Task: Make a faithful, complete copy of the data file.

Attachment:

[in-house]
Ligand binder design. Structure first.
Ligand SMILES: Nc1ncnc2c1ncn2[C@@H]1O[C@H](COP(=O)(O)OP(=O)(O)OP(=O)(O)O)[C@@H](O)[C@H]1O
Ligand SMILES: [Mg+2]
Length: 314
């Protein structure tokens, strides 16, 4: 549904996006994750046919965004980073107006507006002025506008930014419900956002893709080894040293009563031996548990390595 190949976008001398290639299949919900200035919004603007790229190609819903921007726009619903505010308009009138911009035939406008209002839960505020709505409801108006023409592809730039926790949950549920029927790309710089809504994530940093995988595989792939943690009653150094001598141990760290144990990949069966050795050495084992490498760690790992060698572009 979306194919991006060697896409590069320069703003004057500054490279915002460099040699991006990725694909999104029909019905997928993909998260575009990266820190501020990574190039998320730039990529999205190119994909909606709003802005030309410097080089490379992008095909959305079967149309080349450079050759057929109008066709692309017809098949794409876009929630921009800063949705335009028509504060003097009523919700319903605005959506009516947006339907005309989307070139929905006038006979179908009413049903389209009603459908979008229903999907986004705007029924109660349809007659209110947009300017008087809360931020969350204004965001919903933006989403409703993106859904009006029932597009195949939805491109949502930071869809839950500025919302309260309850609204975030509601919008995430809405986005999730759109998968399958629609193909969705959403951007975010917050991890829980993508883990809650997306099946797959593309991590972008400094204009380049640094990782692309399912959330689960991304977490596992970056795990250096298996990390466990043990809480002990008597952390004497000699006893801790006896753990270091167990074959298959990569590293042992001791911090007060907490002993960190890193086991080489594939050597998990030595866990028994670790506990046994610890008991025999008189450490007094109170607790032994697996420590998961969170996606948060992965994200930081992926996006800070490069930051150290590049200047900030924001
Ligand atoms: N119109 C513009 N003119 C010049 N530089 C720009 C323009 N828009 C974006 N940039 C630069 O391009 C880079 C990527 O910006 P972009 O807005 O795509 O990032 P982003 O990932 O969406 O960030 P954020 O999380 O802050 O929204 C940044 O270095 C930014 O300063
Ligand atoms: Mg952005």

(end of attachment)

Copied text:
[in-house]
Ligand binder design. Structure first.
Ligand SMILES: Nc1ncnc2c1ncn2[C@@H]1O[C@H](COP(=O)(O)OP(=O)(O)OP(=O)(O)O)[C@@H](O)[C@H]1O
Ligand SMILES: [Mg+2]
Length: 314
């Protein structure tokens, strides 16, 4: 549904996006994750046919965004980073107006507006002025506008930014419900956002893709080894040293009563031996548990390595 190949976008001398290639299949919900200035919004603007790229190609819903921007726009619903505010308009009138911009035939406008209002839960505020709505409801108006023409592809730039926790949950549920029927790309710089809504994530940093995988595989792939943690009653150094001598141990760290144990990949069966050795050495084992490498760690790992060698572009 979306194919991006060697896409590069320069703003004057500054490279915002460099040699991006990725694909999104029909019905997928993909998260575009990266820190501020990574190039998320730039990529999205190119994909909606709003802005030309410097080089490379992008095909959305079967149309080349450079050759057929109008066709692309017809098949794409876009929630921009800063949705335009028509504060003097009523919700319903605005959506009516947006339907005309989307070139929905006038006979179908009413049903389209009603459908979008229903999907986004705007029924109660349809007659209110947009300017008087809360931020969350204004965001919903933006989403409703993106859904009006029932597009195949939805491109949502930071869809839950500025919302309260309850609204975030509601919008995430809405986005999730759109998968399958629609193909969705959403951007975010917050991890829980993508883990809650997306099946797959593309991590972008400094204009380049640094990782692309399912959330689960991304977490596992970056795990250096298996990390466990043990809480002990008597952390004497000699006893801790006896753990270091167990074959298959990569590293042992001791911090007060907490002993960190890193086991080489594939050597998990030595866990028994670790506990046994610890008991025999008189450490007094109170607790032994697996420590998961969170996606948060992965994200930081992926996006800070490069930051150290590049200047900030924001
Ligand atoms: N119109 C513009 N003119 C010049 N530089 C720009 C323009 N828009 C974006 N940039 C630069 O391009 C880079 C990527 O910006 P972009 O807005 O795509 O990032 P982003 O990932 O969406 O960030 P954020 O999380 O802050 O929204 C940044 O270095 C930014 O300063
Ligand atoms: Mg952005």